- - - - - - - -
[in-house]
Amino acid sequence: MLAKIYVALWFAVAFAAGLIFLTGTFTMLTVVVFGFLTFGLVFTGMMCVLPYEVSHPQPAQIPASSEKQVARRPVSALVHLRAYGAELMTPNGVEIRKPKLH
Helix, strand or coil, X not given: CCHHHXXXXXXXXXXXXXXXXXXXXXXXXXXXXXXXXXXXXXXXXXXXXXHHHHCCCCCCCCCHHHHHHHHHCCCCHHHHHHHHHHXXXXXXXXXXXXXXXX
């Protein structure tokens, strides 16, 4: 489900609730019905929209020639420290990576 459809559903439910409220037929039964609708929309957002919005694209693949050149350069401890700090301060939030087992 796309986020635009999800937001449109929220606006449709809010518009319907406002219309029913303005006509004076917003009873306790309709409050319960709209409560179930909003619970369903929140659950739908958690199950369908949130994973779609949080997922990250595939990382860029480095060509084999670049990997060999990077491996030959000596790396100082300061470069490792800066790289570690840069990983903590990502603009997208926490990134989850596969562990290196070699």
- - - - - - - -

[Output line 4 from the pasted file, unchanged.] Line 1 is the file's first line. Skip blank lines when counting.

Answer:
């Protein structure tokens, strides 16, 4: 489900609730019905929209020639420290990576 459809559903439910409220037929039964609708929309957002919005694209693949050149350069401890700090301060939030087992 796309986020635009999800937001449109929220606006449709809010518009319907406002219309029913303005006509004076917003009873306790309709409050319960709209409560179930909003619970369903929140659950739908958690199950369908949130994973779609949080997922990250595939990382860029480095060509084999670049990997060999990077491996030959000596790396100082300061470069490792800066790289570690840069990983903590990502603009997208926490990134989850596969562990290196070699």